On Wednesday, March 2, the Supreme Court, in a vote of 8 to 1, decided that America’s most unpleasant, homophobic and misogynistic religious group — the Westboro Baptist Church — can in fact continue picketing fallen American servicemen and women’s funerals.
I find it rather spooky how the grumpy leader of the WBC, Pastor Fred Phelps, often reminds of a line from what is an otherwise favorite movie of mine, “Con Air”: “He’s a font of misplaced rage. Name your cliché; Mother held him too much or not enough, last picked at kickball, late night sneaky uncle, whatever. Now he’s so angry moments of levity actually cause him pain; gives him headaches. Happiness, for that gentleman, hurts.”
The hate mongers at WBC maintain, rather unimpressively, that the fallen American solders deserved to die as punishment for America’s willingness, in some cases, to tolerate the lifestyle of our gay brothers and sisters.
As I sat to write this column in Starbucks on Mill Avenue and Fifth Street, I noticed how across the street, there were some devotees of WBC, holding a giant wooden cross, shouting on a loudspeaker, warning of the Lord’s imminent arrival.
WBC, and their cousins on Mill, suffers from the same brand of paternalistic pretentiousness that makes the title of this piece all the more appropriate.
Consider Fulke Grevile’s poem, “Mustapha”: “O wearisome condition of humanity! Born under one law, to another bound; vainly begot and yet forbidden vanity; Created sick, commanded to be sound.”
That, in essence, is the problem not just with WBC, but with monotheism as a whole: It demands unilateral acceptance of the idea that everyone is created by god, ridden in original sin (a divine genetic defect if you will), while picketing for perfection.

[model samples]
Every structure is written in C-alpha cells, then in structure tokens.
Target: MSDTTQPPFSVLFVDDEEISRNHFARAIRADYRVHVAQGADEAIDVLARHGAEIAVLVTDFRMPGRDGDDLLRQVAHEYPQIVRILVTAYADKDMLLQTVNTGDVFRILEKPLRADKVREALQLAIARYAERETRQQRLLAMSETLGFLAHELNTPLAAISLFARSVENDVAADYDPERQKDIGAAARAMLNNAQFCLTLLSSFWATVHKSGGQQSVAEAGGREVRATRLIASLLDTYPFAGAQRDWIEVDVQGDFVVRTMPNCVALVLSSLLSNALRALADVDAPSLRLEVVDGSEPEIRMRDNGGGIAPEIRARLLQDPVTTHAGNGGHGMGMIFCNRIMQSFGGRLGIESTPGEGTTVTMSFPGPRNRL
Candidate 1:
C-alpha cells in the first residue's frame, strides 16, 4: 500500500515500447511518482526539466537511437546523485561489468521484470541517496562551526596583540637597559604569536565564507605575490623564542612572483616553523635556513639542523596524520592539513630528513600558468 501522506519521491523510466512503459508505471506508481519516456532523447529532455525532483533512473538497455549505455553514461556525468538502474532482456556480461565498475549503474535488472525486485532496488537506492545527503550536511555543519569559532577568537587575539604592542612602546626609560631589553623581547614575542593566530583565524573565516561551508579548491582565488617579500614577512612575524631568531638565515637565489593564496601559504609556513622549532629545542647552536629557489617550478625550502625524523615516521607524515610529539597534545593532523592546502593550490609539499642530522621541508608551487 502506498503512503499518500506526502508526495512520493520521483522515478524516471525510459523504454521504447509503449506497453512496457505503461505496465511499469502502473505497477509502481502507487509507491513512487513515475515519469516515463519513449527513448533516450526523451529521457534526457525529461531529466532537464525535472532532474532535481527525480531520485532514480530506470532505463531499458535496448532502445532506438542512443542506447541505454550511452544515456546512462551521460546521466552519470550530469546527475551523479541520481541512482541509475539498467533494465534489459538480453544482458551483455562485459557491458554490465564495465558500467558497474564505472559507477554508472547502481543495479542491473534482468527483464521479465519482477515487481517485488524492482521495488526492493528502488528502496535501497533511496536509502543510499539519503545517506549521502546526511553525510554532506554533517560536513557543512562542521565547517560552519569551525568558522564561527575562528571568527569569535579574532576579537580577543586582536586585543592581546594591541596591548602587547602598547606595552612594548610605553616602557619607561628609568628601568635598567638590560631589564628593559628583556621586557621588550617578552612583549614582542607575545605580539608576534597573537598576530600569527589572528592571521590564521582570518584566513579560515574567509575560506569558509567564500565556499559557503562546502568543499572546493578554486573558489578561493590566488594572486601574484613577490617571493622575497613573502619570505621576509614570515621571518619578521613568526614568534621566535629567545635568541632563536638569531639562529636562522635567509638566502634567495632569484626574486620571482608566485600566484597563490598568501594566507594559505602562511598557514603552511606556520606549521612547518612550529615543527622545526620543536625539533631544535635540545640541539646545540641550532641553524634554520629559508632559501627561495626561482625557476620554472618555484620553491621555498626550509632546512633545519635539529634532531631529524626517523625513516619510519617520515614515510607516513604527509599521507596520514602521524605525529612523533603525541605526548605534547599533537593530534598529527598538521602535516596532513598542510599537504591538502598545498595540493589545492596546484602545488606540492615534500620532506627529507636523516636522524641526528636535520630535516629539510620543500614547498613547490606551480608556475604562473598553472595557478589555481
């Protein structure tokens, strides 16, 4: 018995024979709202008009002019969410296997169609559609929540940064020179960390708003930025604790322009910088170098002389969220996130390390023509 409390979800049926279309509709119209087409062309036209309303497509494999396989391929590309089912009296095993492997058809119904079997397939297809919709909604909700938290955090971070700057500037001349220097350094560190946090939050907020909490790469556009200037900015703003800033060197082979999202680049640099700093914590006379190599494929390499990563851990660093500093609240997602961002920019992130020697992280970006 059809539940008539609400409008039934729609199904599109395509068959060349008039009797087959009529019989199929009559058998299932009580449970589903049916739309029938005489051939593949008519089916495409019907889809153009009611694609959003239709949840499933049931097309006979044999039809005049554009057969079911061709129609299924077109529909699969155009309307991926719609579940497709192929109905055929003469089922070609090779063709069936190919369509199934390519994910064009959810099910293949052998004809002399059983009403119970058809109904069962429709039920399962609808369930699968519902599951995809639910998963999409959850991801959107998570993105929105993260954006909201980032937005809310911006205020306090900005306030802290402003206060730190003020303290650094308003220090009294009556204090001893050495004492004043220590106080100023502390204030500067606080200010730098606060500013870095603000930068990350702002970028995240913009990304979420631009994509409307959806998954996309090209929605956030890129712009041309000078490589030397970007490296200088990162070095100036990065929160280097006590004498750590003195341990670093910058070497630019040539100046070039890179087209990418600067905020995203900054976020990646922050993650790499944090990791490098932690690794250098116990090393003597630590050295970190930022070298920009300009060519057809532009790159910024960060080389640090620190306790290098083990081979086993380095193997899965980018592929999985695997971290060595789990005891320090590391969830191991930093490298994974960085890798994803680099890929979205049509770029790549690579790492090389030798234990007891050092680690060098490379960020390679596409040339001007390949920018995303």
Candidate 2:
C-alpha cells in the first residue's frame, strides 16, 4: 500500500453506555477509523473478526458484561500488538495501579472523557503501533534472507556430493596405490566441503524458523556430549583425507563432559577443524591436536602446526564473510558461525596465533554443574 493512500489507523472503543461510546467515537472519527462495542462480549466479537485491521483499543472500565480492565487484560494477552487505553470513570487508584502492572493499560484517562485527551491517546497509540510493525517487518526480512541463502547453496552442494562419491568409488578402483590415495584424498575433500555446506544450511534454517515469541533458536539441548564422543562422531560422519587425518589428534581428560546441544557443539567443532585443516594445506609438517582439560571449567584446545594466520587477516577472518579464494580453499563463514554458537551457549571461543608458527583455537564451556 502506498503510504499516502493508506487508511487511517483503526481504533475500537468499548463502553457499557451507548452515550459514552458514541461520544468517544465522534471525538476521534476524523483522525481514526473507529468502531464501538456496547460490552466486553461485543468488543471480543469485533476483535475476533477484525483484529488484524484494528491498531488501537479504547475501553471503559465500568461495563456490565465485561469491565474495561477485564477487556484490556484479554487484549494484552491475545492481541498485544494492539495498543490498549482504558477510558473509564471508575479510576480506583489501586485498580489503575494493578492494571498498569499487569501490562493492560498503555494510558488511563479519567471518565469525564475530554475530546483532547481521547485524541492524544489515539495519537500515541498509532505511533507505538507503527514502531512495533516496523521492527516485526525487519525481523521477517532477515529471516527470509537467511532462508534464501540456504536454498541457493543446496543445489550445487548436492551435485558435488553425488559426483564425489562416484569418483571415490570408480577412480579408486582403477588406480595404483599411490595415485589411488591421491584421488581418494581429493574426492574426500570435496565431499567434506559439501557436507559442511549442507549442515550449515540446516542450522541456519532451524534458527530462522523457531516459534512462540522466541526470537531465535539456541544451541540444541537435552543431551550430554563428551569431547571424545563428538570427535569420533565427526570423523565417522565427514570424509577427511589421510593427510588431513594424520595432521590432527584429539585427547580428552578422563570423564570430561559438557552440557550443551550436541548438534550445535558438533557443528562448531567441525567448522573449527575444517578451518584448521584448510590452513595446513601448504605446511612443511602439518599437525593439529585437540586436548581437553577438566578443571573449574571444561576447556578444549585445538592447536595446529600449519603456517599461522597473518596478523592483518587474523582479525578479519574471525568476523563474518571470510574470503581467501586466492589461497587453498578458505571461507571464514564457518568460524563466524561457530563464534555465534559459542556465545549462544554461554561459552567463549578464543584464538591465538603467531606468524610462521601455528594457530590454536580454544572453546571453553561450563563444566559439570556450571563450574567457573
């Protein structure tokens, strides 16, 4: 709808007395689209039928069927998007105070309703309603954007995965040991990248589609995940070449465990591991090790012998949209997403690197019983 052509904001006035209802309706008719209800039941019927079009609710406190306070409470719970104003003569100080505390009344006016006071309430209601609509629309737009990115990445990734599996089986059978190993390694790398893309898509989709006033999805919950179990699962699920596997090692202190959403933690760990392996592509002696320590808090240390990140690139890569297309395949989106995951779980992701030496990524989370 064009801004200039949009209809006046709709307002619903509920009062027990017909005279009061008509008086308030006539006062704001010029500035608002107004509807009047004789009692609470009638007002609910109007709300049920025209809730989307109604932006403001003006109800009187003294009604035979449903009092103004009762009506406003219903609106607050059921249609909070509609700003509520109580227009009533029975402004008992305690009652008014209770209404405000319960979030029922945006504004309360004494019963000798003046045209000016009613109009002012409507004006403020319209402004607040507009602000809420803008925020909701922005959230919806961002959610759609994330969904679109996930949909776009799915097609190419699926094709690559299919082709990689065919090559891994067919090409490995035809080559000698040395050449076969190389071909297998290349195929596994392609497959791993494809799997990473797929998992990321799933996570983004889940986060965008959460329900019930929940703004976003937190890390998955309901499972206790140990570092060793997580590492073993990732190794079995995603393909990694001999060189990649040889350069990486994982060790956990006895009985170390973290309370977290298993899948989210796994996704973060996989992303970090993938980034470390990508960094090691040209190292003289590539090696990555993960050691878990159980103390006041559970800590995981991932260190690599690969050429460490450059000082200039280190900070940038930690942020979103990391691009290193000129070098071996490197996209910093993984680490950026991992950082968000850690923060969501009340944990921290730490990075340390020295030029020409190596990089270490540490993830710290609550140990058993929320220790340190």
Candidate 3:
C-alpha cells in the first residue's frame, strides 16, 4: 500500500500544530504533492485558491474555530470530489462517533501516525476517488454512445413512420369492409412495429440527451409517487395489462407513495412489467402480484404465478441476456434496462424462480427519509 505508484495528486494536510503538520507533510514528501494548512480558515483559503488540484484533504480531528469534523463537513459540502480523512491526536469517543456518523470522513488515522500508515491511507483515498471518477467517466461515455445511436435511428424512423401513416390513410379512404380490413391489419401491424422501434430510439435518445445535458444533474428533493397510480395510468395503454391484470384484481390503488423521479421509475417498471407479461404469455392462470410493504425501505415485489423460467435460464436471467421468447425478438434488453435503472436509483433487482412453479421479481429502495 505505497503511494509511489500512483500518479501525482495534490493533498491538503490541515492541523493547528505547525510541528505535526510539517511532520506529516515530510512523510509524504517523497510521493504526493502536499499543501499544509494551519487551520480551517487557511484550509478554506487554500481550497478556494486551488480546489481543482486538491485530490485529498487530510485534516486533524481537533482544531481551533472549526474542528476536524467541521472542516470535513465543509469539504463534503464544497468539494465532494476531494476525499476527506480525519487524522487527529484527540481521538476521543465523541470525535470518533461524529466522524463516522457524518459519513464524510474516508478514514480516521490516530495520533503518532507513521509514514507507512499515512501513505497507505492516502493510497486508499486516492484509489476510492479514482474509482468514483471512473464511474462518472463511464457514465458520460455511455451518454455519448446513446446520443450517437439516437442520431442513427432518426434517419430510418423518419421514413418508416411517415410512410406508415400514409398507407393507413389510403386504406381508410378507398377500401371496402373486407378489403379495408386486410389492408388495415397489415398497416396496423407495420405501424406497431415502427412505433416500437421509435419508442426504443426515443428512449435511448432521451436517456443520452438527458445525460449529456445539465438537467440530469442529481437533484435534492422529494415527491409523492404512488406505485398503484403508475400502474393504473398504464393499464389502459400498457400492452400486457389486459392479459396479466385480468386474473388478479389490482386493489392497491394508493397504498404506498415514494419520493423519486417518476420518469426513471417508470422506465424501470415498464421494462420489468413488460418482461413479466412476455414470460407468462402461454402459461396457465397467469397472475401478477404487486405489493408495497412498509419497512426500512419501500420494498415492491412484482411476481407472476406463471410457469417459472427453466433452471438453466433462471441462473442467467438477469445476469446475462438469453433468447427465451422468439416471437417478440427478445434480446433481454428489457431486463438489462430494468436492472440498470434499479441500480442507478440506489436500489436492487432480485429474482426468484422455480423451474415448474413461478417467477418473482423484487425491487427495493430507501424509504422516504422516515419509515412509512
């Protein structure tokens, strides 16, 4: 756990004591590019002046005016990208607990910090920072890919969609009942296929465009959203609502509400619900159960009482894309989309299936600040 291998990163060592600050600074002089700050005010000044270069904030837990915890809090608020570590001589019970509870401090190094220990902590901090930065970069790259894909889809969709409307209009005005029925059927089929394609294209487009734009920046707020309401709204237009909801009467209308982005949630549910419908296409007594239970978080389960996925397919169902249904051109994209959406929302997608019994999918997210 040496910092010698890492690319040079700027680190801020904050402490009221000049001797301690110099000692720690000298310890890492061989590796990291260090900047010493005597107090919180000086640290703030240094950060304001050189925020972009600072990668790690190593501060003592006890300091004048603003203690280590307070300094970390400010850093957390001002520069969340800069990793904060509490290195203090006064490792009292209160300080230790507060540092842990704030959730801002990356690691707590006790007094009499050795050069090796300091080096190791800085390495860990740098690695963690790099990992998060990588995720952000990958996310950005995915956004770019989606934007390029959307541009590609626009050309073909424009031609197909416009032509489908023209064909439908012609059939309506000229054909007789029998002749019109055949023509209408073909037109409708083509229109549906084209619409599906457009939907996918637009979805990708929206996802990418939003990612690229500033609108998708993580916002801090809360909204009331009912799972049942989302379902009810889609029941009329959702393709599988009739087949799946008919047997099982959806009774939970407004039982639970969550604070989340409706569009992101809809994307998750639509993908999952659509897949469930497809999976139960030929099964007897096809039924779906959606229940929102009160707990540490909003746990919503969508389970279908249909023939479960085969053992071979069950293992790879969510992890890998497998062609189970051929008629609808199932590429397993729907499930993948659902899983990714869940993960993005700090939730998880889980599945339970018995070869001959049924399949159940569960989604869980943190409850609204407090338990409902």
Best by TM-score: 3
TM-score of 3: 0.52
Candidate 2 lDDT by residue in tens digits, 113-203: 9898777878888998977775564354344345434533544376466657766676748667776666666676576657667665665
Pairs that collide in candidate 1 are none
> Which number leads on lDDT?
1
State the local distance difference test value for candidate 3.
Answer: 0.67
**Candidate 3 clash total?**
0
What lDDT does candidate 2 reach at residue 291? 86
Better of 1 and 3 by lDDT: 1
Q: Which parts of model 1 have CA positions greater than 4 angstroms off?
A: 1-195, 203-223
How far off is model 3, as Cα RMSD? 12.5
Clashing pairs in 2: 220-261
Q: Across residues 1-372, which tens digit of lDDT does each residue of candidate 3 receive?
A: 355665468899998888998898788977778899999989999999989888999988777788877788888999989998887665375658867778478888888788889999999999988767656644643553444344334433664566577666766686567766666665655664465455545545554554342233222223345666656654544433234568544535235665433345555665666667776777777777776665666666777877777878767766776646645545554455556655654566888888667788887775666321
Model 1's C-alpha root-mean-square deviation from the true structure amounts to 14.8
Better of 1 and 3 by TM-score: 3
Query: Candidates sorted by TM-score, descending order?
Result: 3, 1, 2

WBC also seems to ignore the clear commandment published by God in Leviticus 19:18: “Thou shalt not avenge, nor bear any grudge against the children of thy people, but thou shalt love thy neighbour as thyself.”
It is often the case that religious bigotry and intolerance is dealt with poetic justice and, often lost on the religious, irony. The Supreme Court decision is not a victory for WBC, but for our collective — and very much secular — tradition of freedom of speech.
Will we live to see a day when the religious award the rest of us the sanctity of freedom of expression? Will there be a day when the religious — in their god-like posture of mercy, compassion and love — will do unto us as they’d wish be done unto them? Not until a camel passes through the eye of the needle.
To condemn the humanity of other people on the basis of religious faith is to claim access to superior knowledge unattainable by the rest of us. Omar Khayyam, the 12th century Persian poet, addresses the stupidity of such claims far better than I ever could: “And do you think that unto such as you; a maggot-minded, starved, fanatic crew: God gave the secret, and denied it me? — Well, well, what matters it! Believe that, too.”
Reach Sohail at email@example.com